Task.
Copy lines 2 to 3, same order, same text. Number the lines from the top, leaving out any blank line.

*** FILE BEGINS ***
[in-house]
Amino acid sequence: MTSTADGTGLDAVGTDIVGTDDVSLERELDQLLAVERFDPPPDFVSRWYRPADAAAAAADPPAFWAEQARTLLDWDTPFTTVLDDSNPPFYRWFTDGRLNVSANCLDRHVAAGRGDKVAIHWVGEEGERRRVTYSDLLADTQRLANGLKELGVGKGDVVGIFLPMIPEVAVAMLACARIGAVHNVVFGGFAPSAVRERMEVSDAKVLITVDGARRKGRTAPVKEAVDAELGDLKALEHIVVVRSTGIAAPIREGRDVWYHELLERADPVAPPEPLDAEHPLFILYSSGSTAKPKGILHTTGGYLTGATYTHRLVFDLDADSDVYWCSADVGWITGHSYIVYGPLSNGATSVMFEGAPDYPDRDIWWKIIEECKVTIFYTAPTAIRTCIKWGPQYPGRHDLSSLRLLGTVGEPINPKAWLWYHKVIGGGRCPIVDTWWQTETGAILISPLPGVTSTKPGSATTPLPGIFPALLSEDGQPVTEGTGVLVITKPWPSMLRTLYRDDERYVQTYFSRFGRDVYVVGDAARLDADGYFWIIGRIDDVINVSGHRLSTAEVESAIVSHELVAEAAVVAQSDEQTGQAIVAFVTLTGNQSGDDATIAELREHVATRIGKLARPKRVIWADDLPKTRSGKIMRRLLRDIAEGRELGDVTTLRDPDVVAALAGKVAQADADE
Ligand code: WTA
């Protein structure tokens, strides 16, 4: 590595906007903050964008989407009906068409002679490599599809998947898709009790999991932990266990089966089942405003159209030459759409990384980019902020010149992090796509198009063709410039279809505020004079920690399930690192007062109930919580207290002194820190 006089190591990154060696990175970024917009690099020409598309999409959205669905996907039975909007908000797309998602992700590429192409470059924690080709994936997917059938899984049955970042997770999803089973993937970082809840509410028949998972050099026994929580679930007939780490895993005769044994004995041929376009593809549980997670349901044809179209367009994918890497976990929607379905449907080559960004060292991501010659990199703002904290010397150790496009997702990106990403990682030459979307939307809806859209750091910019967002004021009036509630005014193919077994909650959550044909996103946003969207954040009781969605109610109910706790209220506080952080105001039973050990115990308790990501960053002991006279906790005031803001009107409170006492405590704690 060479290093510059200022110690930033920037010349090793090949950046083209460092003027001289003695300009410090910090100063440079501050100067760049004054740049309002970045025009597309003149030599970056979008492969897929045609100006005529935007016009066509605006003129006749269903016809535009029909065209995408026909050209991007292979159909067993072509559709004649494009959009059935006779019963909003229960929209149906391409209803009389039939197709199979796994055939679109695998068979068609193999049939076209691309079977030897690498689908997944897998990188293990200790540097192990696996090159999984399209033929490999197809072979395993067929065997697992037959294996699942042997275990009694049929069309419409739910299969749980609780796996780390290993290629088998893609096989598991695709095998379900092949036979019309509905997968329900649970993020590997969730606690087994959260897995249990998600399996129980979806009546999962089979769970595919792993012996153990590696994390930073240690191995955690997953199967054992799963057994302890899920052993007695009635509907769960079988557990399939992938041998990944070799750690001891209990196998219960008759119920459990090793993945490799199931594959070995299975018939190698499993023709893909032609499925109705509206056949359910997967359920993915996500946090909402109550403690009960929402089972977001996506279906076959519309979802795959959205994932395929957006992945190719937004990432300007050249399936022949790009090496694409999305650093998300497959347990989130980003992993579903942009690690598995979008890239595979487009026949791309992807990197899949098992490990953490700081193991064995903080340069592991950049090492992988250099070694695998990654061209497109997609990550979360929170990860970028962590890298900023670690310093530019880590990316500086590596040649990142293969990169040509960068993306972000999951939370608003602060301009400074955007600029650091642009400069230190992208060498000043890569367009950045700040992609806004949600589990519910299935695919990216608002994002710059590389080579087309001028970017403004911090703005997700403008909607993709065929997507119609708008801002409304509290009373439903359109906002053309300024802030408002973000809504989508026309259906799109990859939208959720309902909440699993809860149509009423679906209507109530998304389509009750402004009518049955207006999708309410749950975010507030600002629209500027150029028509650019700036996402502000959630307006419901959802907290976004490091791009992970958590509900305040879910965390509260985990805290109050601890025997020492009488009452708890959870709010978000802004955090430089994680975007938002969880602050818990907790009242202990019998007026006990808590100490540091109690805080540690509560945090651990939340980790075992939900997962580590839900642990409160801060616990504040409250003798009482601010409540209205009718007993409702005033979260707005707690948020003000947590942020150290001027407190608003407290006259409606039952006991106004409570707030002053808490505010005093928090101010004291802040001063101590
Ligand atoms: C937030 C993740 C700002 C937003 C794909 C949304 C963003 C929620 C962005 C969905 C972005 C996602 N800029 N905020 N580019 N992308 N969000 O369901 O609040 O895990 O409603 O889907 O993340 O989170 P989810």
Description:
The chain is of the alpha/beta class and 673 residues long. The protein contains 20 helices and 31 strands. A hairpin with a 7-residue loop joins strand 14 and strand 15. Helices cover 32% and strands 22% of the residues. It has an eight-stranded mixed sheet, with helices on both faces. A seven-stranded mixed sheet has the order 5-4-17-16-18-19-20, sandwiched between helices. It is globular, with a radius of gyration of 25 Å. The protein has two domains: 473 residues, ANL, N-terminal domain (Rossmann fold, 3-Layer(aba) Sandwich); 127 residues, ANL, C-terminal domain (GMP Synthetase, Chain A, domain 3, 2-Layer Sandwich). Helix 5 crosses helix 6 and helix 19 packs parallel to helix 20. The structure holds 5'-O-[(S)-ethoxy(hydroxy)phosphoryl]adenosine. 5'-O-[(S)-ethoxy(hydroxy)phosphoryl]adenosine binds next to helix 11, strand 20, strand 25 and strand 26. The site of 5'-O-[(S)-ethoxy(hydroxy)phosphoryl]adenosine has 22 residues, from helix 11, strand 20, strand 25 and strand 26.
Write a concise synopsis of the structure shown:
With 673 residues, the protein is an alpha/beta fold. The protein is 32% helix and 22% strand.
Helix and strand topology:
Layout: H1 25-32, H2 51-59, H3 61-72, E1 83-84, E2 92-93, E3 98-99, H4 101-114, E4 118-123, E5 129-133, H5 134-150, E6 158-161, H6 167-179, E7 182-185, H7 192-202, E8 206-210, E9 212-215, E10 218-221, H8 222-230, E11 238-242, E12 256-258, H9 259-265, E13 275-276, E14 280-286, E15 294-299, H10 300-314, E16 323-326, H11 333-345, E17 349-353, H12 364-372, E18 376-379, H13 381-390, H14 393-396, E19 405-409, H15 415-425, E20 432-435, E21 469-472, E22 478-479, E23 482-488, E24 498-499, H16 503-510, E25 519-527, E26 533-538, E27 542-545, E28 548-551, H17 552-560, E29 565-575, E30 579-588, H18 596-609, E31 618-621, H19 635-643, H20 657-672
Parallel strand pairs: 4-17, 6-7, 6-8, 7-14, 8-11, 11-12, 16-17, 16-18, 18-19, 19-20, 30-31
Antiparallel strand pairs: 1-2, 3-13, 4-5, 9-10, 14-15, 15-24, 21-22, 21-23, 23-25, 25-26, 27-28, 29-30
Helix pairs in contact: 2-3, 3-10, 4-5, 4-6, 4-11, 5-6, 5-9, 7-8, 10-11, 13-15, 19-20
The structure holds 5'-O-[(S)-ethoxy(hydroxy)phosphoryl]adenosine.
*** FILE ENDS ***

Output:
Amino acid sequence: MTSTADGTGLDAVGTDIVGTDDVSLERELDQLLAVERFDPPPDFVSRWYRPADAAAAAADPPAFWAEQARTLLDWDTPFTTVLDDSNPPFYRWFTDGRLNVSANCLDRHVAAGRGDKVAIHWVGEEGERRRVTYSDLLADTQRLANGLKELGVGKGDVVGIFLPMIPEVAVAMLACARIGAVHNVVFGGFAPSAVRERMEVSDAKVLITVDGARRKGRTAPVKEAVDAELGDLKALEHIVVVRSTGIAAPIREGRDVWYHELLERADPVAPPEPLDAEHPLFILYSSGSTAKPKGILHTTGGYLTGATYTHRLVFDLDADSDVYWCSADVGWITGHSYIVYGPLSNGATSVMFEGAPDYPDRDIWWKIIEECKVTIFYTAPTAIRTCIKWGPQYPGRHDLSSLRLLGTVGEPINPKAWLWYHKVIGGGRCPIVDTWWQTETGAILISPLPGVTSTKPGSATTPLPGIFPALLSEDGQPVTEGTGVLVITKPWPSMLRTLYRDDERYVQTYFSRFGRDVYVVGDAARLDADGYFWIIGRIDDVINVSGHRLSTAEVESAIVSHELVAEAAVVAQSDEQTGQAIVAFVTLTGNQSGDDATIAELREHVATRIGKLARPKRVIWADDLPKTRSGKIMRRLLRDIAEGRELGDVTTLRDPDVVAALAGKVAQADADE
Ligand code: WTA